The ‘Spanish Autumn’ Begins now

By LUIS MIRANDA | THE REAL AGENDA | SEPTEMBER 26, 2012

The ‘Spanish autumn’ is here. The same pictures we saw months ago in Greece and Portugal, are now popping up in Madrid. The Spanish people went out by the thousands on Tuesday to tell their government they are angry and that the people cannot take it anymore. Spain is being pushed to the limit and unfortunately it is just the beginning.

The discontent of the Spanish citizens due to the cuts and their distance from the political class flooded the streets of Madrid on Tuesday. Thousands of people, many of which arrived from other regions, came to support activists who gathered outside Congress to show their dissatisfaction about the way the Spanish government is handling the crisis.

Although the organizers insisted until the last moment that the protest was a peaceful one, Spanish police launched themselves against them, which increased the tension between the two groups. According to police records, 26 protesters were detained while 64 others were wounded. A total of 16 people were taken to the hospital due to their serious lesions. Among the injured are 27 police agents.

Riot police tried to disperse the protestors once again at 9:00 pm after they entered the square near Congress.

Many congregants tried to flee by running through streets surrounding the Congress. Police said some violent demonstrators started throwing bottles, batteries and other items. Some participants in the protests in Madrid beat police agents after they found themselves trapped between two police security rings. The police then charged against protesters, which rendered many of them with bloodied heads.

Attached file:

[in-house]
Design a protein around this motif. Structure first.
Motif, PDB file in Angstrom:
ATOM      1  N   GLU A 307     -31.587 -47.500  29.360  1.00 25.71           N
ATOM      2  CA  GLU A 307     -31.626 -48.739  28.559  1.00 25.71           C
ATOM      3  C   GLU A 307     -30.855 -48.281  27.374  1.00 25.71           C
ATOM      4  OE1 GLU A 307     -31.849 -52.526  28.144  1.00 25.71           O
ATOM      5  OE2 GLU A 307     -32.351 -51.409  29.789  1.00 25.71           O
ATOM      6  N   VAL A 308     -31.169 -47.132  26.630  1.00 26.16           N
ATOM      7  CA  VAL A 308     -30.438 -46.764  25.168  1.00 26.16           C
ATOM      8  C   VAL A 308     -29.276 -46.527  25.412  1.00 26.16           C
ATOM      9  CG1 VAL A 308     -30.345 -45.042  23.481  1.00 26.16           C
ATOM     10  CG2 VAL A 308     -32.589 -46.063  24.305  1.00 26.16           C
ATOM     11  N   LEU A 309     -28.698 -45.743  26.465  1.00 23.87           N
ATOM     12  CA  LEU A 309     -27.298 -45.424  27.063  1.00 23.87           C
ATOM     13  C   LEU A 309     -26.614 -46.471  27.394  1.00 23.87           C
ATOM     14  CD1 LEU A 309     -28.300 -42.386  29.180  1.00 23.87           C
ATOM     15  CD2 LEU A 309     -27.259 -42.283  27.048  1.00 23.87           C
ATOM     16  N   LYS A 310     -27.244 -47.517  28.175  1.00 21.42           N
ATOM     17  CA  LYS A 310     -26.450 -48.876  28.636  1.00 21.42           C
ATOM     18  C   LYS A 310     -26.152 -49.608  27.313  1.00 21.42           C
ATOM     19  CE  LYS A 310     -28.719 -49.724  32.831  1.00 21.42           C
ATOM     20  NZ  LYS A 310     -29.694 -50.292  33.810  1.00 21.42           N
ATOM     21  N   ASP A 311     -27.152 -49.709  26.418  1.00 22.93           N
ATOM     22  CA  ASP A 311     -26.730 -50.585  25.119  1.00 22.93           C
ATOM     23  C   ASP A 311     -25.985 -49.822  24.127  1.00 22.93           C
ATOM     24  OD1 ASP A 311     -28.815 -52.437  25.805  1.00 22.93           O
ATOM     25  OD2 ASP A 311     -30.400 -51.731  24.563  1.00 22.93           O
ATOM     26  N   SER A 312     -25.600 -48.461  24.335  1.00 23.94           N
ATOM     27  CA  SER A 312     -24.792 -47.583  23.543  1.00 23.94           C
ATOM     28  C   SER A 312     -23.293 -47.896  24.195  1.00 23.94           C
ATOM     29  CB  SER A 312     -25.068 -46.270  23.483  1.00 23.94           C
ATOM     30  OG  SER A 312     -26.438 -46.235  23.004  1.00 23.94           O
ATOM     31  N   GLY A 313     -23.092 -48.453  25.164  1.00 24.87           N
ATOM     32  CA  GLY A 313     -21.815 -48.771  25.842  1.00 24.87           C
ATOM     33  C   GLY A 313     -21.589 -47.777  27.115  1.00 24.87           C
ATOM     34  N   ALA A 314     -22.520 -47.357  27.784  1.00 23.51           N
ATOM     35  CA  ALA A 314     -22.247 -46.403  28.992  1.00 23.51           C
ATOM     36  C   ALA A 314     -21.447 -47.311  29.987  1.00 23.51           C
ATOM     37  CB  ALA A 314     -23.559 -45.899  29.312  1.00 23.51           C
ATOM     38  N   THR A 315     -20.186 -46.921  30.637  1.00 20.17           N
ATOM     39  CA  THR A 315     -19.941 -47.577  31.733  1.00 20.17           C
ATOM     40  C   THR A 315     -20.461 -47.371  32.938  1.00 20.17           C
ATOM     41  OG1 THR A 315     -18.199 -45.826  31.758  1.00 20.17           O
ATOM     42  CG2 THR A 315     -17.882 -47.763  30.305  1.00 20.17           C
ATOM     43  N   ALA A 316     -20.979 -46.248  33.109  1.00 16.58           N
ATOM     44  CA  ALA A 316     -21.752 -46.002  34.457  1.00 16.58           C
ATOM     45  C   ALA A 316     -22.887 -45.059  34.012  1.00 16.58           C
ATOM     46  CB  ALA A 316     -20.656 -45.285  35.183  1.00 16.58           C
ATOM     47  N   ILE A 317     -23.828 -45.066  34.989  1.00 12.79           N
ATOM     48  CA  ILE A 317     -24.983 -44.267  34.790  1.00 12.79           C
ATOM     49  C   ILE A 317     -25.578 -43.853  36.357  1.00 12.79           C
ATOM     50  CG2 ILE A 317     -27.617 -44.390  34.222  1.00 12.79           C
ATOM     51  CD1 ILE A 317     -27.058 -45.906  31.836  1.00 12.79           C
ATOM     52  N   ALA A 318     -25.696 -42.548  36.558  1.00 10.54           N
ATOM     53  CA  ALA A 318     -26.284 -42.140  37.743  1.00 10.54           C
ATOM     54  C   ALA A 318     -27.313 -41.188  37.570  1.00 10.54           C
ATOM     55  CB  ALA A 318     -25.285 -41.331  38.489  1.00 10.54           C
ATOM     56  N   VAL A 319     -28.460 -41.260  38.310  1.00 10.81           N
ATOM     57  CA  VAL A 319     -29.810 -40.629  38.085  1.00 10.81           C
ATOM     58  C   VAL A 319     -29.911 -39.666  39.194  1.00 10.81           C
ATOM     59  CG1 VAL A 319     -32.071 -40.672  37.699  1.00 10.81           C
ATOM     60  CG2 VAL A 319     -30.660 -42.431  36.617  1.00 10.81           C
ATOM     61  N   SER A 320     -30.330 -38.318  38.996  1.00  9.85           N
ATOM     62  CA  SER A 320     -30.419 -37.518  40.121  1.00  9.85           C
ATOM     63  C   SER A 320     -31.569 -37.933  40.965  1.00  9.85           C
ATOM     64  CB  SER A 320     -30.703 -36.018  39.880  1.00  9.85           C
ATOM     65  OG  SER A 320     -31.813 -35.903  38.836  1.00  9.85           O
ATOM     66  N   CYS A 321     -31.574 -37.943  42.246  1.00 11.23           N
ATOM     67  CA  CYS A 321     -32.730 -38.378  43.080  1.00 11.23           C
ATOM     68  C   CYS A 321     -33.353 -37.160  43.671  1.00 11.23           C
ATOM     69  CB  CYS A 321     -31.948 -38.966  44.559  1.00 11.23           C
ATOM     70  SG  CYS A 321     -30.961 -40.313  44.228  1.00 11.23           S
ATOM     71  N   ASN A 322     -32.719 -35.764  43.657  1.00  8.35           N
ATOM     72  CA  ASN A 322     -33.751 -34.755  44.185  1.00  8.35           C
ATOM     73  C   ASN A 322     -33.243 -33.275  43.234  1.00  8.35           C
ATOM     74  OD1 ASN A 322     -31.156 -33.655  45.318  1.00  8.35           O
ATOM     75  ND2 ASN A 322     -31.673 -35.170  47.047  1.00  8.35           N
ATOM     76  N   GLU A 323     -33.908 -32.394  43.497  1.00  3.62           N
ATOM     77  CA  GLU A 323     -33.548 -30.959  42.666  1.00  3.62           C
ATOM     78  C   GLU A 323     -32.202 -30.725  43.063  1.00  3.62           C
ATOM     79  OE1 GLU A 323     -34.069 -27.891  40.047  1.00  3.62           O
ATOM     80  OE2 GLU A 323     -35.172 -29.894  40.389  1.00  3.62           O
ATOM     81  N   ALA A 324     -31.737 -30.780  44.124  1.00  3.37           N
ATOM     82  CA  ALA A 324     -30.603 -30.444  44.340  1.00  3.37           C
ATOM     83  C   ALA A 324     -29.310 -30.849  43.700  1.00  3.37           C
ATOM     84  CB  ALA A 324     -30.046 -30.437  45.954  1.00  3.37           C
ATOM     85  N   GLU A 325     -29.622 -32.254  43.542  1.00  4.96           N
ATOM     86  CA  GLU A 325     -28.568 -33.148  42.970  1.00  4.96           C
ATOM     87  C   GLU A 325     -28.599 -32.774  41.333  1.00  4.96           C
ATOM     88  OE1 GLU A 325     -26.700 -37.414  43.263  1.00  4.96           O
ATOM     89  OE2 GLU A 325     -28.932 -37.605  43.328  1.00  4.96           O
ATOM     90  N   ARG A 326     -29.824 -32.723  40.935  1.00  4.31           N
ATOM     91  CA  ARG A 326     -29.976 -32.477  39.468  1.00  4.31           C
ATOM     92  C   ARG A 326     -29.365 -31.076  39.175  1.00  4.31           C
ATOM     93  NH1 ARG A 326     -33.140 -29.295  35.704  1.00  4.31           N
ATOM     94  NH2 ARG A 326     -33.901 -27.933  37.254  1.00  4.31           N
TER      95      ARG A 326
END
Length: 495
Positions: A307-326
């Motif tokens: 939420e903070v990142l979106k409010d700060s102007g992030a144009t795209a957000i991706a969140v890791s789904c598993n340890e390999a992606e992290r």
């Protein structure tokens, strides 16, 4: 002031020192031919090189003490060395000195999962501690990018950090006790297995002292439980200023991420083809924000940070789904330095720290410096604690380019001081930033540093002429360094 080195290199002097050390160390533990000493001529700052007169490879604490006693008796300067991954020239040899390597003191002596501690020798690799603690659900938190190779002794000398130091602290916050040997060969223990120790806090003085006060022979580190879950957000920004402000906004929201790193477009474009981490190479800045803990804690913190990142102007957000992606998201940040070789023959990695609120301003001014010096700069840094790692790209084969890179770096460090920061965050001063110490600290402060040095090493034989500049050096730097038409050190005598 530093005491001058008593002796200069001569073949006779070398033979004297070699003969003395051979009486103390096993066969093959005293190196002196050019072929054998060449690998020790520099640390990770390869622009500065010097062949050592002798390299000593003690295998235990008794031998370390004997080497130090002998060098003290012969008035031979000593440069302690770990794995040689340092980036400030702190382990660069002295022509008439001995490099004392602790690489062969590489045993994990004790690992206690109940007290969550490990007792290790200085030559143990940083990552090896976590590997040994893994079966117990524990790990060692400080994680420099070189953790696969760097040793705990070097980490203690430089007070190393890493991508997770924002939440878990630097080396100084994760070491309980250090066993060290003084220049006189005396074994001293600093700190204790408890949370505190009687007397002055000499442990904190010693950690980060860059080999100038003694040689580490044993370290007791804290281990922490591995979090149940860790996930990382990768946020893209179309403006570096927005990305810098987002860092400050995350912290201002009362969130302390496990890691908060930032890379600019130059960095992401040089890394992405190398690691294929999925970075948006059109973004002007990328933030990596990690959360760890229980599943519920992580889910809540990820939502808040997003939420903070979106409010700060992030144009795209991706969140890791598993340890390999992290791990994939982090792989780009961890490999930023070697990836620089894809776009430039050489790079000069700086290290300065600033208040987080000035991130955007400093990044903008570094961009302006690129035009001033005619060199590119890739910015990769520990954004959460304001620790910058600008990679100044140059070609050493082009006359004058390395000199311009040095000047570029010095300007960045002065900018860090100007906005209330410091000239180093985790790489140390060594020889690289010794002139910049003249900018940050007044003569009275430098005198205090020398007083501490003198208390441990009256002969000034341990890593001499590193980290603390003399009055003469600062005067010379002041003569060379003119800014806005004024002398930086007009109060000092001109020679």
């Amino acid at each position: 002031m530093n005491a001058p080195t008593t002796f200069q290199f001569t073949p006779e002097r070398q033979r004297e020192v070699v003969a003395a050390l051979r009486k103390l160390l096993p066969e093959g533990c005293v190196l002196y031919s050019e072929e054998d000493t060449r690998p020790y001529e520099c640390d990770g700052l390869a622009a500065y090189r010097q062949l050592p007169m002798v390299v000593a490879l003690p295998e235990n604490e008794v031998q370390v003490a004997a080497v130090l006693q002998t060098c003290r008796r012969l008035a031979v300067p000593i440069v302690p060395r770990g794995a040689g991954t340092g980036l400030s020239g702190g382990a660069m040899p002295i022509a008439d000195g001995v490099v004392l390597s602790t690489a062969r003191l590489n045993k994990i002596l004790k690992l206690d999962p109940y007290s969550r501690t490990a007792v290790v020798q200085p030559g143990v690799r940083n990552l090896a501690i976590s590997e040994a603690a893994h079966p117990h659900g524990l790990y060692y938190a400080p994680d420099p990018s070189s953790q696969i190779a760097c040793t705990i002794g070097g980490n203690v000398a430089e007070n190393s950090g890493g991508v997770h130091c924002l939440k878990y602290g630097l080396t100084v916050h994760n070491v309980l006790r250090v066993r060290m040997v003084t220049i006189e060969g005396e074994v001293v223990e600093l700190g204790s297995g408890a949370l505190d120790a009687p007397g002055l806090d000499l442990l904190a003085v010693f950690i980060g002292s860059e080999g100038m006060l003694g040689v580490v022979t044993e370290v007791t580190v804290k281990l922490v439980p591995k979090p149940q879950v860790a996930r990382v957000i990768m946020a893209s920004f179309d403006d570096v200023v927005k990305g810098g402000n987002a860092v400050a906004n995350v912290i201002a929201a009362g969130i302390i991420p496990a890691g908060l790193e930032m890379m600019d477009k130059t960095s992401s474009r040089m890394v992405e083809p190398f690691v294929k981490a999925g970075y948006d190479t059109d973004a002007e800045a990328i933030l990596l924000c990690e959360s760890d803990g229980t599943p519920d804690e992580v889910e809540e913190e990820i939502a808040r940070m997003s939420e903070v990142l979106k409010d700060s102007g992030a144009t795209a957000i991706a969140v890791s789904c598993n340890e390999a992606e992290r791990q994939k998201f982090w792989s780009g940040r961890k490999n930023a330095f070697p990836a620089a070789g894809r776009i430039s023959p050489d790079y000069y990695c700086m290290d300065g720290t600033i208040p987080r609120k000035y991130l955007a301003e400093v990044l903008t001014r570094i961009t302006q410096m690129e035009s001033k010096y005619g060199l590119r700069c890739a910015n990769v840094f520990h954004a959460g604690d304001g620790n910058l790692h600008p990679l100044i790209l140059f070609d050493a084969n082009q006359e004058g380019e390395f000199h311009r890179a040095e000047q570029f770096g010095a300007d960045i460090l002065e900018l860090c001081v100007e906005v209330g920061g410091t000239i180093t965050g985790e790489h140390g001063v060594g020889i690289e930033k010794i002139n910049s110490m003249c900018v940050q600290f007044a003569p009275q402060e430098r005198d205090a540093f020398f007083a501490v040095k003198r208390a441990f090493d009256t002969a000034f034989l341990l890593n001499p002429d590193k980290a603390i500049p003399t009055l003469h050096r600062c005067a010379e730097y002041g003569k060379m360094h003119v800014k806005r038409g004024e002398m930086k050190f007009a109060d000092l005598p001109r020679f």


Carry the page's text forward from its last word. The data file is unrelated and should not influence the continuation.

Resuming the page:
Throughout the evening, attendees attempted demonstration as close as possible to Congress, which is surrounded by 13 small streets. The Delegate, Cristina Cifuentes, insisted that demonstrations were prohibited during Congress sessions.

The main goal of the protest, carried out under the name ‘Surround Congress’ was to express people’s concern about the current economic conditions in Spain and to start a constitutional process, said organizers of the protest. The frustration of many of the protesters was visible.

“I came to show my suffering face to the politicians,” said Mamen GuBas, an unemployed 41-year-old man from Bilbao. Among those attending were outraged but also unemployed students, housewives and elderly people from Andalusia, Aragon, Catalonia, Valencia and Galicia.

Protesters were harassed by police even before they arrived to their last stop in Madrid. The bus they were traveling in was approached by police to identify the occupants. “I ask our representatives to look after the people and protect financial markets,” said Joaquin Sanchez, a priest from Murcia.

More than 1,300 policemen from 30 regions of the country were sent to Madrid to watch over the protesters. Most of them belong to Police Intervention Unit (PIU) an organ of the National Police.

In total there were three security rings around Congress, two of which were closed and bolted before six o’clock. A group of dog handlers plus some cavalry units completed the operation.